- Instructional activities should appeal to different forms of intelligence.
- Assessment of learning should measure multiple forms of intelligence.
While Gardner did not include adult learners in his research, teachers working with our highly diverse groups of adult learners have found success in using this approach, as well as other learning style theories. These days it is possible to find numerous tests, inventories and checklists that can be used by adults to help them identify their own preferred intelligences, or learning styles.
Have you used any of these ‘learning style/intelligences’ inventories/tools to determine your own preferences? Do you feel they were accurate? Helpful?
As an Instructor, how have you used (or might you use) information on your students’ preferred learning modalities? Do you feel it was (or is likely to be) important to your instruction?
Below is a story about one teacher’s ‘ah ha’ moment with her students – does her story sound at all familiar to you? Have you tried anything similar to the strategies she mentions?
Elizabeth Gardner is a Workforce Preparation Instructor at Suits for Success in Jersey City, NJ. For thepast 2 years she has been using EFF’s Preparing for Work curriculum to help prepare groups of clients for workplace success. In the Orientation Module at the beginning of the curriculum, an activity called “How Do I Learn Best?” guides students through the process of reflecting on and learning about their own preferred learning styles and strategies (including the use of an inventory). Elizabeth has facilitated this activity with several different groups of students, but note that one time it seemed to “work” above and beyond her expectations.
In this group, like others, some of the students had never done a learning style inventory, and several who had done one before noted that their preferred learning style had changed since the last time they did it. Because of the interest and enthusiasm they showed for the topic, I decided to take the activity beyond individuals just looking at their own preferences, and see if I could move them towards concepts in the Cooperating With Others Standard.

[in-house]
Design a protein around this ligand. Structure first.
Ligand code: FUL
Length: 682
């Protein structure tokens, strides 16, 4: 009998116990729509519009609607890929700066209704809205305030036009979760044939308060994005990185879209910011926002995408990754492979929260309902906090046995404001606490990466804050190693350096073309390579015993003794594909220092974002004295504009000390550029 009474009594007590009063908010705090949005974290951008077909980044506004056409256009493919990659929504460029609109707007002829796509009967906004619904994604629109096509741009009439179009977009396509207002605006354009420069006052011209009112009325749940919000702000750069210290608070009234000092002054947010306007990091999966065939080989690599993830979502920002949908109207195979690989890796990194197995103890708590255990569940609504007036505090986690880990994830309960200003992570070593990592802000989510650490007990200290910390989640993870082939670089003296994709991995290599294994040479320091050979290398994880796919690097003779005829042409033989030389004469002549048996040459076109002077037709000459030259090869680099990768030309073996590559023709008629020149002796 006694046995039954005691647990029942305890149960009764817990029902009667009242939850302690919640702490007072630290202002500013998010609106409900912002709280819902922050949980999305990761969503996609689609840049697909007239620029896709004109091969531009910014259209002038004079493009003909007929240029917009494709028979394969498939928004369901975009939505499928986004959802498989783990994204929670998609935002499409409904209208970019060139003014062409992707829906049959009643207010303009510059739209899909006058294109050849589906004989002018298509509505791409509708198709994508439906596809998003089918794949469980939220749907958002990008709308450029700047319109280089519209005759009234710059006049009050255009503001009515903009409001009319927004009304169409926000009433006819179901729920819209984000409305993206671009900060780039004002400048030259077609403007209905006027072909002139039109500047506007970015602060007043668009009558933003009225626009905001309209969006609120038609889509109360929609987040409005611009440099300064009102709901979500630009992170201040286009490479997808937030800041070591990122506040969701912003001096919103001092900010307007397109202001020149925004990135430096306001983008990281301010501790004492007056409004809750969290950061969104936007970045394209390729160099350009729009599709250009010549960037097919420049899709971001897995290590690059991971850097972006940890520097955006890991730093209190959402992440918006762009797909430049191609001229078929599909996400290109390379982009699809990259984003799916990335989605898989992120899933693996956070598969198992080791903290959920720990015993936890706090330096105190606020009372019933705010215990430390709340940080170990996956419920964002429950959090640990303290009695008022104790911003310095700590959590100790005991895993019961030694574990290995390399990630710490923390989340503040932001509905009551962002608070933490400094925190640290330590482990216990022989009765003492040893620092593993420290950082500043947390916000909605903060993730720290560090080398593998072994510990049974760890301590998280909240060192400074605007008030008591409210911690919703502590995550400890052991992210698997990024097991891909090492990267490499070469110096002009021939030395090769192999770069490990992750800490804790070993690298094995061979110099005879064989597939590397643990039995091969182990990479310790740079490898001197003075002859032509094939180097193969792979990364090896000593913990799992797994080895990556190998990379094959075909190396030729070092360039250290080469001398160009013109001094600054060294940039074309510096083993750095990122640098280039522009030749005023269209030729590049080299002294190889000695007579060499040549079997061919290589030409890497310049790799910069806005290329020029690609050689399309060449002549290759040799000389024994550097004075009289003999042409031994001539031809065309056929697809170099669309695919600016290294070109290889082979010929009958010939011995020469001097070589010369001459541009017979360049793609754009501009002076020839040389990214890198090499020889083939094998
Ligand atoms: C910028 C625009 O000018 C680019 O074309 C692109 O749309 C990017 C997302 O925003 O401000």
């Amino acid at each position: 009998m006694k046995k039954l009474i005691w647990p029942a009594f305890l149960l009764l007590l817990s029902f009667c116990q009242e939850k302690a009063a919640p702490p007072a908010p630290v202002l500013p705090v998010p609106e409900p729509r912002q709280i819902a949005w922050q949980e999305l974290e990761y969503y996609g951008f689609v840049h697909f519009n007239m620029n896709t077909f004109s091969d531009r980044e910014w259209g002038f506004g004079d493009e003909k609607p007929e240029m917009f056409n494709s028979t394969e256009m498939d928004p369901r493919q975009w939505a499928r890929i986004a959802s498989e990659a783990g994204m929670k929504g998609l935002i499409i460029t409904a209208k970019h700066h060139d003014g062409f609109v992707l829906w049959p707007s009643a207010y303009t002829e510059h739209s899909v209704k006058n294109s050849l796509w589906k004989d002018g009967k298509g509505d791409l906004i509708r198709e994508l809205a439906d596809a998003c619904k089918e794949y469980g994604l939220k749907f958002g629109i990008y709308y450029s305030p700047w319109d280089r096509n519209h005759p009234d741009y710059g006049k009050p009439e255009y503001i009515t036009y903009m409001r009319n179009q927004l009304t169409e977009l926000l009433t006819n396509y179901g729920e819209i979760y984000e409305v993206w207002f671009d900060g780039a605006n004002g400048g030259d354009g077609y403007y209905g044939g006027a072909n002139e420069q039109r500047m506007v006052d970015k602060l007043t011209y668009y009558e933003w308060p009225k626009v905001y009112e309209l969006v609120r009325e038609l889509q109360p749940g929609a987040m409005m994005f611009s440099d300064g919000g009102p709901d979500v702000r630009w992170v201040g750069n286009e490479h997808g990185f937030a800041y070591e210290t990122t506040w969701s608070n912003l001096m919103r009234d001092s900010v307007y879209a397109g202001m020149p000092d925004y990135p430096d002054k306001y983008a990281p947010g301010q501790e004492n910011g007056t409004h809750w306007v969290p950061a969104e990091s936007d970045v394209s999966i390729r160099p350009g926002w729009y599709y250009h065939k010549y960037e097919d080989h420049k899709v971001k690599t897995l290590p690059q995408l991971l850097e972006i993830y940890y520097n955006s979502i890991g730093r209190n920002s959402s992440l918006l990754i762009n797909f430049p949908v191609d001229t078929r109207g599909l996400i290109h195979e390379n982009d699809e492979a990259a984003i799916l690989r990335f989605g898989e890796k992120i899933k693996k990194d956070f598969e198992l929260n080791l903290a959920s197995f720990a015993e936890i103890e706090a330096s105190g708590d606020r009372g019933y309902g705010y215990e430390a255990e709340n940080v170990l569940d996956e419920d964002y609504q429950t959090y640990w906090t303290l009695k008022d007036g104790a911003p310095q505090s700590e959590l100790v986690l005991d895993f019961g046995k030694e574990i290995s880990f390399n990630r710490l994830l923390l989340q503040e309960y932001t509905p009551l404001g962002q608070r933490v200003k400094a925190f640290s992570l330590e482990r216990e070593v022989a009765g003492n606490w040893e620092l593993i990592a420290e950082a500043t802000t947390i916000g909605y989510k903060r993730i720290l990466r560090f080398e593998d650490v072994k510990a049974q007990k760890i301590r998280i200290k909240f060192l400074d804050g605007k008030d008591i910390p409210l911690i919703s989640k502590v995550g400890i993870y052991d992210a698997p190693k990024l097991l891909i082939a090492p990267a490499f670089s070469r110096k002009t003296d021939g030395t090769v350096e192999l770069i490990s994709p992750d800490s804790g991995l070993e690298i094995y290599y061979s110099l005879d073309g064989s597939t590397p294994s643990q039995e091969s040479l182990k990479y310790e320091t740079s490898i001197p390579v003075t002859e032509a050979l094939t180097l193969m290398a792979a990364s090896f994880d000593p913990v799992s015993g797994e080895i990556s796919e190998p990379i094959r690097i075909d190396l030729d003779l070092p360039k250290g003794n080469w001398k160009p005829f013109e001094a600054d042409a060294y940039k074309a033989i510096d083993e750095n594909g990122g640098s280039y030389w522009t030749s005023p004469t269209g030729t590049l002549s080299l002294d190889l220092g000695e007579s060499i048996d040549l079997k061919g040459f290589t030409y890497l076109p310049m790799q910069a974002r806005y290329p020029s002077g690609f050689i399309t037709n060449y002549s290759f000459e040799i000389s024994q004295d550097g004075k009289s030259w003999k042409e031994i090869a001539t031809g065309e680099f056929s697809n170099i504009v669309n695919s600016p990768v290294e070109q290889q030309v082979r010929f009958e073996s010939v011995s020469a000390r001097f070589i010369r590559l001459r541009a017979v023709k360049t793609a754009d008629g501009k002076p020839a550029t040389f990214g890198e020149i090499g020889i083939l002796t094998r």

I asked my students to describe what they had learned about themselves to the whole class, and then to talk about how the class could play to their learning styles. As a result, in addition to talking about their own learning styles, they listened to each other, and some students started spontaneously brainstorming ideas for each other. Without being asked, they started thinking about how each of their peers might learn best! Then the class ended up talking not only about how knowing your own learning style(s) can be used in the workplace, but also about how identifying other people’s learning styles can allow you to help out coworkers, i.e: How might you show consideration for someone else’s learning style at work? This conversation seemed to have a longer-lasting impact than I expected. I observed learning from students based on that discussion weeks later – such as a student ‘recorder’ for one activity drawing a picture next to the text “for visual learners” or one student asking another what was said because “I know you’re a listener.”